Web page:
Travel Journal: Fly Fishing for Gemini Permit in the Bahamas

Gemini Permit
by Pat Penderast

My last trip out of the country was in March 2020, where my group and I barely made it out of Argentina, before the world virtually shut down for two years. It was a rough two years at the office for me and my team, rescheduling 1,000’s of trips for our clients, and trying our best to navigate international travel during a worldwide pandemic. Now, two years later, I was on my way to the Bahamas to check out three new lodges. The scheduling was such that I would miss my wife’s birthday, but that was not the first time that had happened; she is a very understanding person and knew I was rabid to get back out and travel again.

My trip took me to three different lodges over a period of two and a half weeks, Soul Fly Lodge in the Berry Islands, H2o Bonefishing on Grand Bahama Island and finally a week at Crooked & Acklins Island Lodge. You can read all about all three of these destinations HERE.

Gemini is Latin for “twins”), the third astrological sign in the zodiac. Here is how my two Gemeni permit #18 & #19 went down in the Bahamas this May.

24 MAY 22 – Tuesday (my mom’s 87th birthday):

Dick and I are fishing with Kenny (correction Mike) on Crooked Island today. Kenny is having an issue with his starter, so Mike is taking over his guide day. Tom and Geoff are fishing together and Tom and George together – four  anglers on Acklins Island. Michael is a soft spoken fella with a bad ass boat, 18’ Hells Bay Professional with a 70 HP Yamaha, power pole, trim tabs, poling platform and an elevated casting stand on the deck with cradle, a very nice boat to fish from, worth about $60K. 

After loading up our kit in the skiff, we head about 15 minutes from the Turtle Sound dock, and start poling a flat on the outgoing tide. We are looking for specifically blak rays which on Crooked and Acklins and in most of the Bahamas, seem to draw permit. Basically the rays stir up the bottom looking for crustaceans and ever optimistic permit will dart in and steal their food or slurp up some scraps. Works for me.   About 15 minutes in we see a black ray with a permit on top and Mike positions the boat and I make a 45 foot shot landing the fly to the right of the permit about 6 feet in front as he swims toward us, power pole down so we are not drifting toward the fish. I let the fly sink and the permit immediately rushes the fly (Doug McKnight permit crab – Dangermuffin – white with blue tipped claws – a stone crab imitation) and tails, I strip-set to “solid” and it takes off and I give it another strip-set as it heads off, he is hooked… The fish runs, about seventy yards in the backing with subsequent shorter and shorter runs, and begins orbiting the boat in shortening concentric circles. About 15 minutes later we had him netted, great fish, great set-up by Mike and I got a good shot off.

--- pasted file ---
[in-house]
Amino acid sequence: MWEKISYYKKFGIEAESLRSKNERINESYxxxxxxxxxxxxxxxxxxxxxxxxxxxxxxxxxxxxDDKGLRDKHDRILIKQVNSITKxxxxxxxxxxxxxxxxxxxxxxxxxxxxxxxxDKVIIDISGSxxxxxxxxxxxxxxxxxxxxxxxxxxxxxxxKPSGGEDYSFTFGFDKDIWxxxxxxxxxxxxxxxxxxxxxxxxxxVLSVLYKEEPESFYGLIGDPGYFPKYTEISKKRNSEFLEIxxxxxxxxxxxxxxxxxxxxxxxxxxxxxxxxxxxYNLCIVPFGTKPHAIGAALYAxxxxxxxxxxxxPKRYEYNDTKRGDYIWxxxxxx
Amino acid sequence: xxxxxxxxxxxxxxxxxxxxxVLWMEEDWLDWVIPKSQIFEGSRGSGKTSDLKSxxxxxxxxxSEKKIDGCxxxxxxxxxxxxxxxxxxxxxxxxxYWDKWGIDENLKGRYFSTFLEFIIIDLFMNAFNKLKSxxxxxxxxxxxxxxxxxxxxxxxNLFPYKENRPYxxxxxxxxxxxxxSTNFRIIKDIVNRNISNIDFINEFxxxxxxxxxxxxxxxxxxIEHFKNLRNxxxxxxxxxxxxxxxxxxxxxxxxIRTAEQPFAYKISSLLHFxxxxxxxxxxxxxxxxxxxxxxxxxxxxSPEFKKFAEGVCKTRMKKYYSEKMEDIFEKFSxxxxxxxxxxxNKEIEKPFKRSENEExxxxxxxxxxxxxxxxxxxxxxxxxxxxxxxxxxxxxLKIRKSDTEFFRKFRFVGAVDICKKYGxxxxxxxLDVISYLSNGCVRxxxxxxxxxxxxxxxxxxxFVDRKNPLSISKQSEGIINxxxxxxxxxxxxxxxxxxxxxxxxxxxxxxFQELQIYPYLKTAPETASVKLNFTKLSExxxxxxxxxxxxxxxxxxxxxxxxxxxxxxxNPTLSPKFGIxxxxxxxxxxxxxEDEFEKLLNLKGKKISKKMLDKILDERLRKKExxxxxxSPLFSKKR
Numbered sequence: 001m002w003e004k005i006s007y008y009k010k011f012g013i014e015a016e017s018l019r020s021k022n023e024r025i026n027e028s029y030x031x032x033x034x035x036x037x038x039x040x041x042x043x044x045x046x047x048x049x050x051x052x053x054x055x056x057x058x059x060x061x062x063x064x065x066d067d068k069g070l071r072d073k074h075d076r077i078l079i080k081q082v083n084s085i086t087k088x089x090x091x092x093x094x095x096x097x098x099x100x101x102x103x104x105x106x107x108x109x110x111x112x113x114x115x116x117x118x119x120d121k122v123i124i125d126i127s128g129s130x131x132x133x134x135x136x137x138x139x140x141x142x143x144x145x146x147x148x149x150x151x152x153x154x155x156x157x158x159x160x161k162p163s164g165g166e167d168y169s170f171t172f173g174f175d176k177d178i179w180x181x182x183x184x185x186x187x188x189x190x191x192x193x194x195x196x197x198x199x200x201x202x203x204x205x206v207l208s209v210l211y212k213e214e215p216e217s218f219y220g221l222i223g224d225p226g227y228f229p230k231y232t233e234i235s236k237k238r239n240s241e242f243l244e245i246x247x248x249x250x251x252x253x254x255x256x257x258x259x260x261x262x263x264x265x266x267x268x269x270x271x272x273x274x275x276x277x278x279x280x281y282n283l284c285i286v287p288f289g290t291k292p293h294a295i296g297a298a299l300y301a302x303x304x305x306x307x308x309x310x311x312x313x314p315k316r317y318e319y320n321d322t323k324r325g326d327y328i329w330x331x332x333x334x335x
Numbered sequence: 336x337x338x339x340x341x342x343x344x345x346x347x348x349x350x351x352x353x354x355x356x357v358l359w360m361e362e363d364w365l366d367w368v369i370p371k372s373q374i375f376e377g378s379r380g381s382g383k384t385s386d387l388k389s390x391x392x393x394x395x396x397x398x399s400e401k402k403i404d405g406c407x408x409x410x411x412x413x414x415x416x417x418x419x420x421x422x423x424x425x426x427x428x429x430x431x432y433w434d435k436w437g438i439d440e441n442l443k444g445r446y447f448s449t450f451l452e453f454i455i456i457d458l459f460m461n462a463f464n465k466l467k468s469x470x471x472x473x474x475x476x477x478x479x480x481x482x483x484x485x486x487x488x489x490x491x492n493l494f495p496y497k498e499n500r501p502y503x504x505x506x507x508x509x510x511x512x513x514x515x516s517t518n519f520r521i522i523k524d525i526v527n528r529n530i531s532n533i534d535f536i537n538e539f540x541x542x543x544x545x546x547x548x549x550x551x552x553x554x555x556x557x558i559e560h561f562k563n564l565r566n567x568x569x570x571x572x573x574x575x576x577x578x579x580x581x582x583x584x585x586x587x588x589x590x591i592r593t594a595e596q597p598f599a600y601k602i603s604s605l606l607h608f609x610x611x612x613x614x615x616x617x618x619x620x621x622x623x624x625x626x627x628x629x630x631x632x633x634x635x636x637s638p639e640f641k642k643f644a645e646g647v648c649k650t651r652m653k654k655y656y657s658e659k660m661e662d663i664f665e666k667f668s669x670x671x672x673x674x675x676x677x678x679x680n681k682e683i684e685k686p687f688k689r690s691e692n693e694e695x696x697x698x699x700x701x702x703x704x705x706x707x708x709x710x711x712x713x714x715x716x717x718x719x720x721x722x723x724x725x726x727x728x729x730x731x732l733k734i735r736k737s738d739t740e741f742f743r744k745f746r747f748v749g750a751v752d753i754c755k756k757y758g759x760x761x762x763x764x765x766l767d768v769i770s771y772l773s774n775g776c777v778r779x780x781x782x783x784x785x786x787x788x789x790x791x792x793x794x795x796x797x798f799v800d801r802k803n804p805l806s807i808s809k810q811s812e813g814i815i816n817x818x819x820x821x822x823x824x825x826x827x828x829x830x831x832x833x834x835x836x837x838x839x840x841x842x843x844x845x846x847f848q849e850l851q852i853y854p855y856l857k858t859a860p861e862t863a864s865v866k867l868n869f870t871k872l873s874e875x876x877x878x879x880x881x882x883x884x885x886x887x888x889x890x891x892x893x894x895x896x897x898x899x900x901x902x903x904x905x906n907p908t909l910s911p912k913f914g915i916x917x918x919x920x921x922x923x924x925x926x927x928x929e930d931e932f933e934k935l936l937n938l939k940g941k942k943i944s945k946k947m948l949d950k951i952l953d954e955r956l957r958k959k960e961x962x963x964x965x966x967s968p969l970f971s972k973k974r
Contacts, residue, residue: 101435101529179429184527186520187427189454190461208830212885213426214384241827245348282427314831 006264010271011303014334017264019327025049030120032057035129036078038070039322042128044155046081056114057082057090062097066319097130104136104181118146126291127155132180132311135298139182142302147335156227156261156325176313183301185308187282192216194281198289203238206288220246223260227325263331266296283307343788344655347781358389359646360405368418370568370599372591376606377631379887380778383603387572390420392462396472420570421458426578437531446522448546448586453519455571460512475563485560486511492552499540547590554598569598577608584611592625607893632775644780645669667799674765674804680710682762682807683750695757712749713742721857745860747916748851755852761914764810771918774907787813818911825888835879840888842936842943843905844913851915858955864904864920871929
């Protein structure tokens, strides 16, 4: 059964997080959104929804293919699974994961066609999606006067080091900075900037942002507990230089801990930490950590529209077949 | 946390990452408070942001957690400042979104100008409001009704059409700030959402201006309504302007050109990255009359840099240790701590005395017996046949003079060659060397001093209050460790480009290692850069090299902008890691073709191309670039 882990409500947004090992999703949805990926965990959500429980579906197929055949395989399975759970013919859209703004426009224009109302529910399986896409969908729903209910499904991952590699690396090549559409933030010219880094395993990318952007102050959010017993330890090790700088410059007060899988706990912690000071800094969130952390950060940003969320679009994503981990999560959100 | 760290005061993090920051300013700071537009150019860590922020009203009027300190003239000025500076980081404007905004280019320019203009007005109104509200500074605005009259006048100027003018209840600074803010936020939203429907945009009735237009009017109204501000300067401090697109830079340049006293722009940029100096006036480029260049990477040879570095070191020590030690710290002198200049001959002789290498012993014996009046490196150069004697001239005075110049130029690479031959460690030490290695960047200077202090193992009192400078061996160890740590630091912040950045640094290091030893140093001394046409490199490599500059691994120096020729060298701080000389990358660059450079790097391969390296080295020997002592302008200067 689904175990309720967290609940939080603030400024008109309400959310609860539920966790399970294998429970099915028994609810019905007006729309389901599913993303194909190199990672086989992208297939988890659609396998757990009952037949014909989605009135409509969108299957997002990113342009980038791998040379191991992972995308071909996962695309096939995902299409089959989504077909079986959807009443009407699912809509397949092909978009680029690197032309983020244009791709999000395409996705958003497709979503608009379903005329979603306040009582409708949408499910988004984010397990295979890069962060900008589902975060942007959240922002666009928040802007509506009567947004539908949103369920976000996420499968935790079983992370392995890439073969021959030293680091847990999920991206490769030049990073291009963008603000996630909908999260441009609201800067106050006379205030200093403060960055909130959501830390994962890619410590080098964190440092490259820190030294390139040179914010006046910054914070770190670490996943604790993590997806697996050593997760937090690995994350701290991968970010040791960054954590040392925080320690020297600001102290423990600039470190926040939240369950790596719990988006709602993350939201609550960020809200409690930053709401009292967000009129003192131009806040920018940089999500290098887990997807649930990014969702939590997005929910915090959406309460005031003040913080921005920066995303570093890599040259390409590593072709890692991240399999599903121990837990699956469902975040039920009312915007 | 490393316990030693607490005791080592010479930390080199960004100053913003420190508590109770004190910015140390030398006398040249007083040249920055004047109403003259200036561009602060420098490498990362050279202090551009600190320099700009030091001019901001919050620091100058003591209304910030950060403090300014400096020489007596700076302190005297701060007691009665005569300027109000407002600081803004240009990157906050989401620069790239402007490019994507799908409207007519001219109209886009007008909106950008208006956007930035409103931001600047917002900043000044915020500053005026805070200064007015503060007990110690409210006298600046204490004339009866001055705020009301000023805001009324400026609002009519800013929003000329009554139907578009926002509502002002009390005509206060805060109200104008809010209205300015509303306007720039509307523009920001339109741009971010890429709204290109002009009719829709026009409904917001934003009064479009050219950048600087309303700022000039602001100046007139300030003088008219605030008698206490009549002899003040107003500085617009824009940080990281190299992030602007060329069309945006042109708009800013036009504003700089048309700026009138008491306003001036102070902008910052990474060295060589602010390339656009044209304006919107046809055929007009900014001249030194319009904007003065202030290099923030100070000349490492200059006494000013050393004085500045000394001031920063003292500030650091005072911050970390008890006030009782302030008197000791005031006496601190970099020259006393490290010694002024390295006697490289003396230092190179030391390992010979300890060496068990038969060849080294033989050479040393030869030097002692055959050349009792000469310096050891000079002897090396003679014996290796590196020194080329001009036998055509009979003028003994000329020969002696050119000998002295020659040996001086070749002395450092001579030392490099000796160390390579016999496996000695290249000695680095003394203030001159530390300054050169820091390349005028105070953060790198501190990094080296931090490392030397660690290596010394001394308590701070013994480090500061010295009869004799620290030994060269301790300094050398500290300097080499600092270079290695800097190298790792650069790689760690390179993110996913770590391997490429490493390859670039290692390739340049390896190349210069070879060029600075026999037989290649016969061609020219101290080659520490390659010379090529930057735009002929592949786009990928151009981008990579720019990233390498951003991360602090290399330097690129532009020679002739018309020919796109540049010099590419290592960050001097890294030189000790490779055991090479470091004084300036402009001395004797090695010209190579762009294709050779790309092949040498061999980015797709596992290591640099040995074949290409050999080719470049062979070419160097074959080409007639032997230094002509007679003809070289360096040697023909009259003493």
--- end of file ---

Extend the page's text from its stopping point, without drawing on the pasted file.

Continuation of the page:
Pictures, high fives and I release him, about 12 pounds or so, my 18th permit on my mom’s 78th birthday, very cool. We fish the rest of the day for permit and see none. The wind howled all day, 15 plus knots with bubble lines. 

Dick and I along with Mike discuss how key the power pole was in making the shot. With the pole down the boat is stopped and you stay connected to your fly (no slack) and can feel the fish “Hoover” the fly.  

27 MAY 22 -Friday:

It’s our last day fishing at Crooked & Acklins and I am fishing with George and Clinton today. Happy birthday Lisa Van Cott Pendergast! George and I head out with Clinton, George insists I get up on the deck first thing and we are going to fish the last of the outgoing tide for permit for an hour or so. Pole for about 20 minutes or so it is pretty rough with no leaning bar. I ask George if he wants to get up for a go and he says stay up for another 5 and Clinton said we would be moving soon. 

Not long after I see what I think is a permit, and a few seconds later Clinton confirms (power pole down), and I make my shot at about 75 feet across and downwind, right to left and land the fly in front of the fish about four or five feet. The fish moves quickly, tails up and a quick strip set and we are on. The fish makes a long run, probably a good 90 to 100 yards into the backing and about 15 minutes later we have the fish close to the boat. The fish gets under and around the boat three times ( what a shit show) until finally Clinton digs out the fish with a net and #19 is in the books, Gemini (twin permit).  The permit eats the same fly as the first, we are sold on it!

We all super pumped on the fish. We fish for bones the rest of day with mediocre success and end the day out in front chasing triggers, lots of shots, no eaters, I still cannot see get a trigger, oh well… 

That’s the story of the Gemini permit on my recent Bahamas trip.  I couldn’t be more thrilled as I typically don’t fish in the Bahamas to target permit. But, even a blind pig finds a truffle once in a while and I was happy I got the two shots I did.

— Pat Pendergast, The Fly Shop